Windows 2000 supports dual-boot with Windows 95, Windows 98, and other operating systems, but there are numerousproblems with specific configurations, and the considerations in planning such a setup are complex. See Chapters 2 and 3 for a complete explanation of installing Windows 2000.

Installation Service

When Microsoft designed the Win32 programming model many years ago, it failed to provide a standardized software installation facility. This error has finally been rectified in Windows 2000 with the new Windows Installer service. According to Microsoft, the Installer service will eventually be provided as a service pack to Windows 95, Windows 98, and Windows NT 4.

Prior to Windows Installer, applications needed to manage all aspects of installation on their own. Microsoft has always provided guidelines for software installation, such as using the Program Files directory and checking file versions for common files, but these guidelines couldn't account for all system configurations, and not everyone (including Microsoft) followed them consistently.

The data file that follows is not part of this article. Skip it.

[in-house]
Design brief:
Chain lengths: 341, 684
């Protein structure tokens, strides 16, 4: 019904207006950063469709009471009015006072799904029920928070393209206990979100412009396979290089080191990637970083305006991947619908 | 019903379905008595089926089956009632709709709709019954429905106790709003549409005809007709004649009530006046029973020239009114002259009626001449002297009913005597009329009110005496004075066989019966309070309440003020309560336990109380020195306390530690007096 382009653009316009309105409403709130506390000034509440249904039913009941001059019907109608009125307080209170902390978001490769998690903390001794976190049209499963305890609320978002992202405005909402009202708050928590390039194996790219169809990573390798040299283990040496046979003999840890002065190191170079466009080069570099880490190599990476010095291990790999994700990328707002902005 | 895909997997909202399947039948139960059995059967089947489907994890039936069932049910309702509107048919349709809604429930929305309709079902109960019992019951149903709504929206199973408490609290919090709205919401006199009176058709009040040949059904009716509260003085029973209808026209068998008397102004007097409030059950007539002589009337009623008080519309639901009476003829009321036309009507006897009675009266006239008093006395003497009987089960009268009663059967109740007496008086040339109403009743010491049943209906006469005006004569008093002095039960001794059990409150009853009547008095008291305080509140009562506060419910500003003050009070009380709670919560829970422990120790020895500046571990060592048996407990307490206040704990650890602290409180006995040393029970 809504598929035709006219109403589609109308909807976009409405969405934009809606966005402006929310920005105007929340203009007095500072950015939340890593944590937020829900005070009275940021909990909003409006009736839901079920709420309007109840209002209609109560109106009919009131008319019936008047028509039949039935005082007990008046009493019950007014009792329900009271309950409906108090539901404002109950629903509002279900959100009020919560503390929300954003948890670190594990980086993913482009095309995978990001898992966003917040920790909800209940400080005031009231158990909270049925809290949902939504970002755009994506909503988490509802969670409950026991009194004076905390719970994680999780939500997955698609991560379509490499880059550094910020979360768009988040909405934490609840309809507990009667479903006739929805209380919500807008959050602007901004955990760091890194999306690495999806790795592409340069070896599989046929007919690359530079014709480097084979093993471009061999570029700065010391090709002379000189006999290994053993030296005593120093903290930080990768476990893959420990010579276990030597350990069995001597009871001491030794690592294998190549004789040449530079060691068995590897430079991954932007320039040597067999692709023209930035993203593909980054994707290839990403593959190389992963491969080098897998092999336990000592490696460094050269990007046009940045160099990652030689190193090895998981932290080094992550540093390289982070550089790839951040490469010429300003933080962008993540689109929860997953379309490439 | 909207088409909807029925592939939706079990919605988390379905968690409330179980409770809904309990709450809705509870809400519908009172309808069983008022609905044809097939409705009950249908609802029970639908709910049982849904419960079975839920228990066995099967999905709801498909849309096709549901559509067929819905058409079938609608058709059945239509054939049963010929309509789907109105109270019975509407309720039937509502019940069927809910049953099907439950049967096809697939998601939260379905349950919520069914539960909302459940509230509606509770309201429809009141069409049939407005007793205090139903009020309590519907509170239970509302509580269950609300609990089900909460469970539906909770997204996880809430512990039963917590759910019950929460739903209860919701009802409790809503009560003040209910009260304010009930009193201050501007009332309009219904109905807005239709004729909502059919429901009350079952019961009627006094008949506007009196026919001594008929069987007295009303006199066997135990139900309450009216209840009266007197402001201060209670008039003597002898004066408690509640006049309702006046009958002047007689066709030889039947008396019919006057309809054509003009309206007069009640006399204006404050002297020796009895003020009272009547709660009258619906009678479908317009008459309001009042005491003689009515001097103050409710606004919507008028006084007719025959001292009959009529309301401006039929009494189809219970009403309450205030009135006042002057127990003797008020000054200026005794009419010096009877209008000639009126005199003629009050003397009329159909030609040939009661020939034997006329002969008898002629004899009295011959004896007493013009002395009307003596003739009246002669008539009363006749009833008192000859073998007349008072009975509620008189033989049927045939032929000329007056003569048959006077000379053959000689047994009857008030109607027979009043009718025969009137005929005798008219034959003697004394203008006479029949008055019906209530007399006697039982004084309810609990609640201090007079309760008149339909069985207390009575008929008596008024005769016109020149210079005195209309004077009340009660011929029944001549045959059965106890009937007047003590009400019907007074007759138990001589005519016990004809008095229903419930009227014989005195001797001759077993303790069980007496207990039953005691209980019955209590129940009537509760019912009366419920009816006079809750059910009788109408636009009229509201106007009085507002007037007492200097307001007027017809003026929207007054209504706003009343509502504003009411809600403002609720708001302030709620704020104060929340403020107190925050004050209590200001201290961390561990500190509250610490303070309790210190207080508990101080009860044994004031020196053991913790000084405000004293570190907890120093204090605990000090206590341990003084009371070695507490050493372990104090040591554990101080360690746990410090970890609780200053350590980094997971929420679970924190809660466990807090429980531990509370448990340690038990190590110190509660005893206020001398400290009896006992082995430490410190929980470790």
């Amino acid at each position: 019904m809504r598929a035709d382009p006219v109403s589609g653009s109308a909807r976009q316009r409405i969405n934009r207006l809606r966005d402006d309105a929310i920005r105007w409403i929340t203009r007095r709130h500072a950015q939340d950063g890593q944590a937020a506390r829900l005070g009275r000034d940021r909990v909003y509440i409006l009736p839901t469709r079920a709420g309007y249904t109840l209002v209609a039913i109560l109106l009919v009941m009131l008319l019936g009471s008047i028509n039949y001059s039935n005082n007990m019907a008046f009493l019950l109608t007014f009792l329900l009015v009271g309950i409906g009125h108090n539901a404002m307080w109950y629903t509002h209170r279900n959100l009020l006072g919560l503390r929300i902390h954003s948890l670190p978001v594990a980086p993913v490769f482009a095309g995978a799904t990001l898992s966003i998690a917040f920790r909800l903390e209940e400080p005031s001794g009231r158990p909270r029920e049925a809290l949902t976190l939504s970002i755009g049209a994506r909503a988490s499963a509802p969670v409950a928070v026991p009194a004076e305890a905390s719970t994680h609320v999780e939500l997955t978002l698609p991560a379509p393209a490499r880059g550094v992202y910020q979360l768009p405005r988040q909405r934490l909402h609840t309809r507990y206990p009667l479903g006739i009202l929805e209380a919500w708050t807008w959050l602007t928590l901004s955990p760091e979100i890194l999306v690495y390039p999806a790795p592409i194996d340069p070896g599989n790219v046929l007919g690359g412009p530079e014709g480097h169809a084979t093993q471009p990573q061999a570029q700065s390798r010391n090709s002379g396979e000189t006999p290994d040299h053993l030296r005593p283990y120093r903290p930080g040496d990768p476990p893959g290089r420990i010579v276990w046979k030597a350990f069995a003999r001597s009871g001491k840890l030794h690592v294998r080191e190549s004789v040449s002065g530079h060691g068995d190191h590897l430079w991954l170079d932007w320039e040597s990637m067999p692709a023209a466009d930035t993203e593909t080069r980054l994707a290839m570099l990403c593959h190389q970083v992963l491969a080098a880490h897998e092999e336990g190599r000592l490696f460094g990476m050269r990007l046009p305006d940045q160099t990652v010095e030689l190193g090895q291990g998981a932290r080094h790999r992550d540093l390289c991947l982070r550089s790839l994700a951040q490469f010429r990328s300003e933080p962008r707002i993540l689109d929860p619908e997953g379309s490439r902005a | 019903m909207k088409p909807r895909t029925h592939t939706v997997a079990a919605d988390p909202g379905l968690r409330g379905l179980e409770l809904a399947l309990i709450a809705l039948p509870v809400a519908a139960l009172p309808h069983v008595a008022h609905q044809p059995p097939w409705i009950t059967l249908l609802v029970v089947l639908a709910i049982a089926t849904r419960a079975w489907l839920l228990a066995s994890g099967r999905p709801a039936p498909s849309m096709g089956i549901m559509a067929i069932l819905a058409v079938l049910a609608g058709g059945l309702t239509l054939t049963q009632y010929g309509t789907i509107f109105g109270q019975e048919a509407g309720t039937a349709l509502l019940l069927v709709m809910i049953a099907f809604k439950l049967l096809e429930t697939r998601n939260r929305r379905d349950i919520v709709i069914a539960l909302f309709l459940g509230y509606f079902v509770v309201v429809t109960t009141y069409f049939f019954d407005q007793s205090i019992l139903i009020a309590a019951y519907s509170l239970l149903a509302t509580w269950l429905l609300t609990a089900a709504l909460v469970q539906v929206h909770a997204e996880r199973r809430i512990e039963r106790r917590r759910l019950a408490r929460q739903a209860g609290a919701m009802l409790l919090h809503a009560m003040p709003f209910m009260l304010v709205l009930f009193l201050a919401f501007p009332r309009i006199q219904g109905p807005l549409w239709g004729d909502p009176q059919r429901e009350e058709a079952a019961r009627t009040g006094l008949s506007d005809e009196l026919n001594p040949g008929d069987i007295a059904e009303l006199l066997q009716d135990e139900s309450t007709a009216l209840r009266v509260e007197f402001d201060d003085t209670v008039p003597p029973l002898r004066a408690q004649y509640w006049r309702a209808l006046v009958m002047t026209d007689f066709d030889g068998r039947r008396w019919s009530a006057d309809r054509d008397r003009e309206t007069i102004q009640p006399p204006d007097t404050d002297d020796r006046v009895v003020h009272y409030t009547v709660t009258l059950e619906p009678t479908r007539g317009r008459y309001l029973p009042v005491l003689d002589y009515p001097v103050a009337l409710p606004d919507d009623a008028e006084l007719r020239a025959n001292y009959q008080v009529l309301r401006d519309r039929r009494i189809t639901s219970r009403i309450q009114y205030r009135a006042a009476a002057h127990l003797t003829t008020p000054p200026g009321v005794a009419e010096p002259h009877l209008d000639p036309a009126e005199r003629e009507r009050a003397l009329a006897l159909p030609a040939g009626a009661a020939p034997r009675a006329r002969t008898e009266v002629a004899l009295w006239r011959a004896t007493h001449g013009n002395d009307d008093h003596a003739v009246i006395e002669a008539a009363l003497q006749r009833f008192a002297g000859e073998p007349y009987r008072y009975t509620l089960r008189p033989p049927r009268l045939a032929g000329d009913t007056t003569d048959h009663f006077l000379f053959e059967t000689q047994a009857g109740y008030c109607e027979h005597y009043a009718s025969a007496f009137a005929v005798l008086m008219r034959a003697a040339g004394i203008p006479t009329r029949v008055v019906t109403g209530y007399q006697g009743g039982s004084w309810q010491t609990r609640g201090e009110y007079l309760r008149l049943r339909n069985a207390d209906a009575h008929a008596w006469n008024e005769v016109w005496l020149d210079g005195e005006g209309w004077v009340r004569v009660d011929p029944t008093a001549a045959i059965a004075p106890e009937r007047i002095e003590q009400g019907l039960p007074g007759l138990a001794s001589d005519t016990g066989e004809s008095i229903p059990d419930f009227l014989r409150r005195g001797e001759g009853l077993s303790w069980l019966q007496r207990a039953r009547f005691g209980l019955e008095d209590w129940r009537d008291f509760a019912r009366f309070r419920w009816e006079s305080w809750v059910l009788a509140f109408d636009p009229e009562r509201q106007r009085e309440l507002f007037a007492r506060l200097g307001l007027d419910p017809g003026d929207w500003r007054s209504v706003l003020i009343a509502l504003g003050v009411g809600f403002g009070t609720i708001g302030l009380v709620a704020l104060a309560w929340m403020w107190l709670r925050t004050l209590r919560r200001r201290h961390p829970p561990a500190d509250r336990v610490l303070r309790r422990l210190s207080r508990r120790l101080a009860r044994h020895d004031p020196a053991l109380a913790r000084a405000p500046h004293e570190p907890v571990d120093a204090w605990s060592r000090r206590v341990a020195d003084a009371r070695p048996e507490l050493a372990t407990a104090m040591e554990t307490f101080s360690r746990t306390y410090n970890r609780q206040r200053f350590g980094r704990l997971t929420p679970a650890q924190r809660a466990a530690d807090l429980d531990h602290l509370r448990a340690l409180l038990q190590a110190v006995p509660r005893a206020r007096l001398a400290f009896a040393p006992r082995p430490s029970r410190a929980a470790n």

With the Windows Installer service, program installations all follow a consistent set of rules implemented in the service. Old setup programs will continue to work as they did before. New programs, in order to use the Installer service, need to write a program description file in Windows Installer format. Windows Installer takes this file and does the rest of the work.

Windows Update Manager

Users of Windows 95 and 98 with Internet Explorer 4 are able to update individual components of the operating system over the Internet, directly from Microsoft's Web site, using the Windows Update process. Windows NT users have had to check for service packs and the numerous "hot fixes" on Microsoft's FTP site.

Now Windows 2000 has the same Windows Update process, run through the Windows Update Manager. A Web-based interface lists all the components for which new versions are available and lets you choose which you want to perform. These can include Microsoft components, such as updates to Internet Explorer, and thirdparty components.

Windows Update (see Figure 1-1) is also available as part of the Plug and Play process: When you install a new device, you can select a number of locations from which to install device support software that includes Windows Update.

User Interface

The Windows 2000 user interface is very similar to the Windows NT 4 user interface with Internet Explorer 5.0 installed, but there are some differences. There are reorganizations of items and enhancements in the behavior of the software. Windows users shouldn't have much trouble finding their way around, although the behavior of the software has changed enough that you may find it confusing at times.